Loyola law professor testifies to effects of uncounted deaths in U.S. prisons


AP Photo/Jacquelyn Martin

Andrea Armstrong, professor of law at Loyola University New Orleans College of Law, testifies, Tuesday, Sept. 20, 2022, during a Senate Homeland Security and Governmental Affairs Subcommittee on Investigations hearing, “Uncounted Deaths in America’s Prisons and Jails,” on Capitol Hill in Washington.

Natalie Thomas, Staff Writer

Senator Jon Ossoff unveiled the results of his 10-month bipartisan investigation into uncounted deaths in America’s prisons and jails in a Homeland Security Permanent Subcommittee on Sept. 20.

Loyola law professor Andrea Armstrong testified to the committee that the federal government should be adamant in collecting information on deaths in jails across the country.

Armstrong’s study found that there were 786 total known deaths at Louisiana prisons, jails and detention centers between 2015 and 2019. While the study found that the majority, about 85%, of those deaths were of medical causes, suicide was the second leading cause of deaths in the prison.

“It is the unique power of the federal government to be able to collect that information and jails are where the conditions of incarceration are most hidden from our communities,” Armstrong said to the committee.

The committee’s investigation concluded that nearly 1,000 deaths in jails and prisons were unaccounted for in the 2021 Department of Justice’s collection of data from states.

Armstrong has visited and audited jails and prisons around the country. Due to that experience, she testified that jails across the country have different practices and that’s why it’s important for the federal government to collect a concise account of deaths in jails and prisons.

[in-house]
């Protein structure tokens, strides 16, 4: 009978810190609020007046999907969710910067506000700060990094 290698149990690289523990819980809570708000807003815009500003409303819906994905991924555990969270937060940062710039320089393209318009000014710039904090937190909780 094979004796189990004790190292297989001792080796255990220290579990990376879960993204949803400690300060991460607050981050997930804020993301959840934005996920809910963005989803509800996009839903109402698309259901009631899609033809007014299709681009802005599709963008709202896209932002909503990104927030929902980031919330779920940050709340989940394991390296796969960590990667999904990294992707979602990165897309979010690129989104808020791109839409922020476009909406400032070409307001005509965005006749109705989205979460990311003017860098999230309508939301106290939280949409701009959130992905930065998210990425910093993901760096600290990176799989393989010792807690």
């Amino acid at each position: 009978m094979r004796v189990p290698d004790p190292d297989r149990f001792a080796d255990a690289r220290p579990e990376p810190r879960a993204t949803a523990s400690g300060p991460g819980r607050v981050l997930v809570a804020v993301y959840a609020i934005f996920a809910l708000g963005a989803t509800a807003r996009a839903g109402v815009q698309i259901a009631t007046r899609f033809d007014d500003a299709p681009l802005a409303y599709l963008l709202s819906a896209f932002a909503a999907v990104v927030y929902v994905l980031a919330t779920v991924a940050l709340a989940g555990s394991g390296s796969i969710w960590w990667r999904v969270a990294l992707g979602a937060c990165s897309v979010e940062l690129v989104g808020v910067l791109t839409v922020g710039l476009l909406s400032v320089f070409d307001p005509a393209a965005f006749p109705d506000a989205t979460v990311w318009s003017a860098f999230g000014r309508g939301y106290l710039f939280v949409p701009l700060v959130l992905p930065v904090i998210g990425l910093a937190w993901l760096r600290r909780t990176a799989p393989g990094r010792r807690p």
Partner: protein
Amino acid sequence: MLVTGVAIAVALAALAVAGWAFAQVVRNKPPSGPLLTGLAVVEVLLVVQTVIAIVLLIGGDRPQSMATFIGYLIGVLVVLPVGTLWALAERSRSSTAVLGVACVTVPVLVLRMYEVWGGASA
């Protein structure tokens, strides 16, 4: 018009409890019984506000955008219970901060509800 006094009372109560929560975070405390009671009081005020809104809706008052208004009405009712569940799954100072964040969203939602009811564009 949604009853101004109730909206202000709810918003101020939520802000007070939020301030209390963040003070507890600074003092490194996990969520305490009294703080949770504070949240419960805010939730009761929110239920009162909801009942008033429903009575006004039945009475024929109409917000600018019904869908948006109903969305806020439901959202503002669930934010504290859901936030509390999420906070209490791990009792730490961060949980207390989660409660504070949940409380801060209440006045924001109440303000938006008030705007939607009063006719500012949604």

“I am also reminded that we have large numbers of members of our communities who work in these facilities, who witness these traumatic instances because that is their employment. They, too, are traumatized,” she said.

Armstrong stated that Congress has a range of tools available to help increase transparency and that academic researchers like herself stand ready to assist and to support as needed.

Armstrong concluded her testimony by reminding the public that it is not just the incarcerated who suffer as a result of this broken system. She argued that everyone suffers as a result of it.

Ossoff serves as chairman of the homeland security permanent subcommittee on investigations, which looks into corruption, abuse, and misconduct in American prisons.

“What the United States is allowing to happen on our watch in prisons, jails, and detention centers nationwide is a moral disgrace,” Ossoff said during the hearing.

Wisconsin Senator Ron Johnson said that the transparency they once had is lost.

“It doesn’t look like the Department of Justice is particularly interested in providing us that transparency now, and that’s a serious issue,” Johnson said.

In the hearing, audio tapes and testimony were shared, which provided the public with an insight into what is occurring in jails, prisons, and detention centers nationwide.